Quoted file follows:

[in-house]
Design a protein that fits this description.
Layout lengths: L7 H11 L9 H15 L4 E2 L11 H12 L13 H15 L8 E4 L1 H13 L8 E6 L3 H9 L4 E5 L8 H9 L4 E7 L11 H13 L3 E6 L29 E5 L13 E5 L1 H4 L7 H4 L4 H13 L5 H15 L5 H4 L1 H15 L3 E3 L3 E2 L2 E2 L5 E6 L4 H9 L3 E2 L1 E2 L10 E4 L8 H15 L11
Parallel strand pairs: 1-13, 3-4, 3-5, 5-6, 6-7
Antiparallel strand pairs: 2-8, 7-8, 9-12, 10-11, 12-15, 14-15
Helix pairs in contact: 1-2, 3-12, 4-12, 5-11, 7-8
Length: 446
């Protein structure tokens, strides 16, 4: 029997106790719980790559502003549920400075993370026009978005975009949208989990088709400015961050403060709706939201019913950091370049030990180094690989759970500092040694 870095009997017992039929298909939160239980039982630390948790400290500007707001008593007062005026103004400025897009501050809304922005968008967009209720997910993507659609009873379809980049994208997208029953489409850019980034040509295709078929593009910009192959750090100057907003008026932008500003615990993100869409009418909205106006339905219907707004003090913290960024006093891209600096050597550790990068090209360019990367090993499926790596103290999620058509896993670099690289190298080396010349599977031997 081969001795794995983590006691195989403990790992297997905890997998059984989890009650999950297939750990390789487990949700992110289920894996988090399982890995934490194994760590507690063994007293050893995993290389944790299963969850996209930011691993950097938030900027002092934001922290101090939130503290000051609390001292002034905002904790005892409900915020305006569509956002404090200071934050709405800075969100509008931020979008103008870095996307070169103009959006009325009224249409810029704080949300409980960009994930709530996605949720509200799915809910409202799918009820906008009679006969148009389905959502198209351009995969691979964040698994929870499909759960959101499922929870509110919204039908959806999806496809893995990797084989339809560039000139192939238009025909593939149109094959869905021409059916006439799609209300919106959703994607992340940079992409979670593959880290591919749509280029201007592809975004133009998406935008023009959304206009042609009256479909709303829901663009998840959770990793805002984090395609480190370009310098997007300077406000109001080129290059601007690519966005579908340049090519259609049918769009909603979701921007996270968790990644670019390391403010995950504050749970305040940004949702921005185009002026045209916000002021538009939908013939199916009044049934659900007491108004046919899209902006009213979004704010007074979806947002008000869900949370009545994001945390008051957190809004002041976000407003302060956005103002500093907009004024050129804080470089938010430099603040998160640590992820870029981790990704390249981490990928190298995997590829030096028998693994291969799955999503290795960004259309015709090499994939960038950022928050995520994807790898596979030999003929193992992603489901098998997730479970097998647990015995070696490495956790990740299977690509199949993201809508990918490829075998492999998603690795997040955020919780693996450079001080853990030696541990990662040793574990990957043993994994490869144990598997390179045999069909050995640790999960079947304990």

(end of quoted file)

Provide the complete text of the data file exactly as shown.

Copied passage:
[in-house]
Design a protein that fits this description.
Layout lengths: L7 H11 L9 H15 L4 E2 L11 H12 L13 H15 L8 E4 L1 H13 L8 E6 L3 H9 L4 E5 L8 H9 L4 E7 L11 H13 L3 E6 L29 E5 L13 E5 L1 H4 L7 H4 L4 H13 L5 H15 L5 H4 L1 H15 L3 E3 L3 E2 L2 E2 L5 E6 L4 H9 L3 E2 L1 E2 L10 E4 L8 H15 L11
Parallel strand pairs: 1-13, 3-4, 3-5, 5-6, 6-7
Antiparallel strand pairs: 2-8, 7-8, 9-12, 10-11, 12-15, 14-15
Helix pairs in contact: 1-2, 3-12, 4-12, 5-11, 7-8
Length: 446
């Protein structure tokens, strides 16, 4: 029997106790719980790559502003549920400075993370026009978005975009949208989990088709400015961050403060709706939201019913950091370049030990180094690989759970500092040694 870095009997017992039929298909939160239980039982630390948790400290500007707001008593007062005026103004400025897009501050809304922005968008967009209720997910993507659609009873379809980049994208997208029953489409850019980034040509295709078929593009910009192959750090100057907003008026932008500003615990993100869409009418909205106006339905219907707004003090913290960024006093891209600096050597550790990068090209360019990367090993499926790596103290999620058509896993670099690289190298080396010349599977031997 081969001795794995983590006691195989403990790992297997905890997998059984989890009650999950297939750990390789487990949700992110289920894996988090399982890995934490194994760590507690063994007293050893995993290389944790299963969850996209930011691993950097938030900027002092934001922290101090939130503290000051609390001292002034905002904790005892409900915020305006569509956002404090200071934050709405800075969100509008931020979008103008870095996307070169103009959006009325009224249409810029704080949300409980960009994930709530996605949720509200799915809910409202799918009820906008009679006969148009389905959502198209351009995969691979964040698994929870499909759960959101499922929870509110919204039908959806999806496809893995990797084989339809560039000139192939238009025909593939149109094959869905021409059916006439799609209300919106959703994607992340940079992409979670593959880290591919749509280029201007592809975004133009998406935008023009959304206009042609009256479909709303829901663009998840959770990793805002984090395609480190370009310098997007300077406000109001080129290059601007690519966005579908340049090519259609049918769009909603979701921007996270968790990644670019390391403010995950504050749970305040940004949702921005185009002026045209916000002021538009939908013939199916009044049934659900007491108004046919899209902006009213979004704010007074979806947002008000869900949370009545994001945390008051957190809004002041976000407003302060956005103002500093907009004024050129804080470089938010430099603040998160640590992820870029981790990704390249981490990928190298995997590829030096028998693994291969799955999503290795960004259309015709090499994939960038950022928050995520994807790898596979030999003929193992992603489901098998997730479970097998647990015995070696490495956790990740299977690509199949993201809508990918490829075998492999998603690795997040955020919780693996450079001080853990030696541990990662040793574990990957043993994994490869144990598997390179045999069909050995640790999960079947304990």